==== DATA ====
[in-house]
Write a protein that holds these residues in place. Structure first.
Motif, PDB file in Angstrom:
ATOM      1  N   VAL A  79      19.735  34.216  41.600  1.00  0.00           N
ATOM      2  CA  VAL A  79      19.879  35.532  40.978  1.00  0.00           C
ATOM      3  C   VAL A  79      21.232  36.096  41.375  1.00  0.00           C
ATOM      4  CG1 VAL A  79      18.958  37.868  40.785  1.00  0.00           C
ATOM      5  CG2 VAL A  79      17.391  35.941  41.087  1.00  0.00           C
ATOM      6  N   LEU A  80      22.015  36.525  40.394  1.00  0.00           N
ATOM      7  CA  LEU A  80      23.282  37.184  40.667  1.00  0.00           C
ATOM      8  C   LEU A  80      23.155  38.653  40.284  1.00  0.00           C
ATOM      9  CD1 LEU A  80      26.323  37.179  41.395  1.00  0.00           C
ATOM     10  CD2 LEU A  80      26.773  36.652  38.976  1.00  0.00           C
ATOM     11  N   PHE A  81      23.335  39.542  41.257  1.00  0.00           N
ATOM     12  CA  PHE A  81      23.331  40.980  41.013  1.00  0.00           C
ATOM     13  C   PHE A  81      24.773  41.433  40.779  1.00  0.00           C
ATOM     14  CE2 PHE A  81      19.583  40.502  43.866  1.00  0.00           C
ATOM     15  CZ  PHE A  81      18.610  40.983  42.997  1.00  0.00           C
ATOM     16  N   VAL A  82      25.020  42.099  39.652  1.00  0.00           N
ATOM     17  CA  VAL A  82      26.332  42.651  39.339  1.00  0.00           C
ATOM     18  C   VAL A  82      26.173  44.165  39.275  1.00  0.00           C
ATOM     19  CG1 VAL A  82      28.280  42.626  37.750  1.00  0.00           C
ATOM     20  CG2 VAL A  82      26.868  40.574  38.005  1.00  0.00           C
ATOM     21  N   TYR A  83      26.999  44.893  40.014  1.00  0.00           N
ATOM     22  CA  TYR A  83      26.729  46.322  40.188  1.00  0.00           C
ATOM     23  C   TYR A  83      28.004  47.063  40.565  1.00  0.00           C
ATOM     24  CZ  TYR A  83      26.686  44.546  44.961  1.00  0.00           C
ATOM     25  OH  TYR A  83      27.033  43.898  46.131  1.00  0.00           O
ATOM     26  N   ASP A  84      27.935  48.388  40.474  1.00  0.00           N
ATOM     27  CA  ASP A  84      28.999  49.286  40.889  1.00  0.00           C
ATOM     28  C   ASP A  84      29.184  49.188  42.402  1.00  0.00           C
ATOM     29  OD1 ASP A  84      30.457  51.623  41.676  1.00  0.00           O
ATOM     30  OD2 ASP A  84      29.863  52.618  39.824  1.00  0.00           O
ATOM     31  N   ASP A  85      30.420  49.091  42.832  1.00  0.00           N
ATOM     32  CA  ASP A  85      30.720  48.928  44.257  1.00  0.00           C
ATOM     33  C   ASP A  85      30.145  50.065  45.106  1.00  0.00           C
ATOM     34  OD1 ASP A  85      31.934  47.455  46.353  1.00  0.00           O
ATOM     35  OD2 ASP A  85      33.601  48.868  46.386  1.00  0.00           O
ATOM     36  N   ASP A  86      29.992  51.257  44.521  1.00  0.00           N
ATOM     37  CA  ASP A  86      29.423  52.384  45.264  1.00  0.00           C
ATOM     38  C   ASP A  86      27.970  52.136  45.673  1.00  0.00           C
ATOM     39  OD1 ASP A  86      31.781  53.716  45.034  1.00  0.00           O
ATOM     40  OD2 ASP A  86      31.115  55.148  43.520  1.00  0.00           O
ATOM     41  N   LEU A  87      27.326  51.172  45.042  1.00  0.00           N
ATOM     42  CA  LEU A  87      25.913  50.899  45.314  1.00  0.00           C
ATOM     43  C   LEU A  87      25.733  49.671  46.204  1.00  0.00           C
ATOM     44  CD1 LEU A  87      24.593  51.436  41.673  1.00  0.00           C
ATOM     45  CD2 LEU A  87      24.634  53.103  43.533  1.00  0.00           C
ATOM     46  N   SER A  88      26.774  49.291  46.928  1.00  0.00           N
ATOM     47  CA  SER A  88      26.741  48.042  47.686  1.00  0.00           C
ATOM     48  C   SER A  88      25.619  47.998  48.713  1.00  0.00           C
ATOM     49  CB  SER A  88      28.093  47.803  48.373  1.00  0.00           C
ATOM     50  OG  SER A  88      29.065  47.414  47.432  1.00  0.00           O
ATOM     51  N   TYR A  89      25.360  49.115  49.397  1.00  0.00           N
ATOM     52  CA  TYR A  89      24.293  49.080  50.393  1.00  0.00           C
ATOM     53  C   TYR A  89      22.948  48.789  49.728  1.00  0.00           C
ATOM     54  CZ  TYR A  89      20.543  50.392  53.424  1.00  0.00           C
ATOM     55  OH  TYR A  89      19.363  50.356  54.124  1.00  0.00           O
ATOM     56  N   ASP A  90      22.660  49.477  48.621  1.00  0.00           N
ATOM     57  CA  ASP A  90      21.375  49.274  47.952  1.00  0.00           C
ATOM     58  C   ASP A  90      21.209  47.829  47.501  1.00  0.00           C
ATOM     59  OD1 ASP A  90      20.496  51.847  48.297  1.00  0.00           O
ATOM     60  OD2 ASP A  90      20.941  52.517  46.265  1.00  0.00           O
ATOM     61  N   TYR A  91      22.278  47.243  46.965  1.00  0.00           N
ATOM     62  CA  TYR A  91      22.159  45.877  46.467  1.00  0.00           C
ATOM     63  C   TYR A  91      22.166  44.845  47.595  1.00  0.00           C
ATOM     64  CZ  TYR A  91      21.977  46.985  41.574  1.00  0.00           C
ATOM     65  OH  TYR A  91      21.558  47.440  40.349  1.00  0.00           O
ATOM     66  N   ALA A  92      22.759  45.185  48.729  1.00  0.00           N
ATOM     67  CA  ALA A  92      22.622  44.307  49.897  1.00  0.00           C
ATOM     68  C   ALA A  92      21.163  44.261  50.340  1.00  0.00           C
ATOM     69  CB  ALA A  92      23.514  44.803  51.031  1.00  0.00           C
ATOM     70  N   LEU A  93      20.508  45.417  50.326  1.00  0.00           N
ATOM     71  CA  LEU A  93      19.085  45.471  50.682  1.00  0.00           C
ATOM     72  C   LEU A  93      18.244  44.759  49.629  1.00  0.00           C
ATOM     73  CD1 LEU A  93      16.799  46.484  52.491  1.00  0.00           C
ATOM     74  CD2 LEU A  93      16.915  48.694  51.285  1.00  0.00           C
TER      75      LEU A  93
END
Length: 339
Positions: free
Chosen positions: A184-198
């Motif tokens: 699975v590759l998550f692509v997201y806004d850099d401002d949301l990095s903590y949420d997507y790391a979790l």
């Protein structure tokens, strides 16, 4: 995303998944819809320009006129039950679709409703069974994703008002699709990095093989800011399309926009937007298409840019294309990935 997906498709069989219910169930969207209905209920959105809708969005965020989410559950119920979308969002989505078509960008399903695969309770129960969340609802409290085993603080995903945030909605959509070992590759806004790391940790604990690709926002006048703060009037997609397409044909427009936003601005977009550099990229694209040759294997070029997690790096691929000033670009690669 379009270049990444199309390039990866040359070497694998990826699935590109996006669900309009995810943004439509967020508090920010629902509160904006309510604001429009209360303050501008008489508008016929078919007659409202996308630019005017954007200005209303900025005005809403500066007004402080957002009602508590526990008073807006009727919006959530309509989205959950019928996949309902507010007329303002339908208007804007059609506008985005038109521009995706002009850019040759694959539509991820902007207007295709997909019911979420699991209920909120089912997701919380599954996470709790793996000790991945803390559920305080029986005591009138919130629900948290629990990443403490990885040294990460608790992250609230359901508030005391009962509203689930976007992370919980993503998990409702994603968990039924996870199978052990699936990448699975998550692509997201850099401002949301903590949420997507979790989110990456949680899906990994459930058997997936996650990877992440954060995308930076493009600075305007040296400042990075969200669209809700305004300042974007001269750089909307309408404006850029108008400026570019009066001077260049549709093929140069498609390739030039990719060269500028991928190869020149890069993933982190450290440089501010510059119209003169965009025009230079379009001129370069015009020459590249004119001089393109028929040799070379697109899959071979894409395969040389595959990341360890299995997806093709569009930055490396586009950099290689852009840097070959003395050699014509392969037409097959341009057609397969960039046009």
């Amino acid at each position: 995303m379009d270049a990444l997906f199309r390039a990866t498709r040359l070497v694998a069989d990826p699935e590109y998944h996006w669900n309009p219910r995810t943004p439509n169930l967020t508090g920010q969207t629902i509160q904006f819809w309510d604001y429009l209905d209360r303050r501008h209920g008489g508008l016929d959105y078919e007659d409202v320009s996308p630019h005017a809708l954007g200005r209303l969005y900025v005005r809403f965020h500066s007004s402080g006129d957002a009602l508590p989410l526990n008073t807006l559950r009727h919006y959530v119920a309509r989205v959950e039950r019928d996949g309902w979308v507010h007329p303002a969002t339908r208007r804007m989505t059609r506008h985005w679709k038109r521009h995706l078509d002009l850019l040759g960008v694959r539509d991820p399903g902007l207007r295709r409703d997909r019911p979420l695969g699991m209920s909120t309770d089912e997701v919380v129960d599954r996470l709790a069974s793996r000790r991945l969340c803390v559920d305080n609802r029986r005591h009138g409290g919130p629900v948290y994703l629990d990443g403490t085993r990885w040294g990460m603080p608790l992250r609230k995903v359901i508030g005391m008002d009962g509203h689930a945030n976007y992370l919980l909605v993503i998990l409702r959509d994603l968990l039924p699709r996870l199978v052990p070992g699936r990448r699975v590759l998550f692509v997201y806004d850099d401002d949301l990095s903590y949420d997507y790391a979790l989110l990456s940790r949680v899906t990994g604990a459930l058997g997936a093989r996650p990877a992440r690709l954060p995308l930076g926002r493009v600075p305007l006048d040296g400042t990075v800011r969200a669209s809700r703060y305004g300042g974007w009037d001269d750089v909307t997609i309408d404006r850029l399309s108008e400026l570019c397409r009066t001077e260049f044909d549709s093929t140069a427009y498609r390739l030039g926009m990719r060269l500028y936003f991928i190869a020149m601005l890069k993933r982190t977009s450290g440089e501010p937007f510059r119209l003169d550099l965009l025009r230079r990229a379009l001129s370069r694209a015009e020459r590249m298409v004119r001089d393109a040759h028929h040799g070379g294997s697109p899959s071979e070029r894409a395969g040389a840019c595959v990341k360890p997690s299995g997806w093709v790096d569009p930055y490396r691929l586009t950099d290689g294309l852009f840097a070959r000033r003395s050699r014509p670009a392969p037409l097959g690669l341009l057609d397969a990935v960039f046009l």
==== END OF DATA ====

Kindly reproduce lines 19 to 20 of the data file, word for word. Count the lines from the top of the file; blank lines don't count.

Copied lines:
ATOM     16  N   VAL A  82      25.020  42.099  39.652  1.00  0.00           N
ATOM     17  CA  VAL A  82      26.332  42.651  39.339  1.00  0.00           C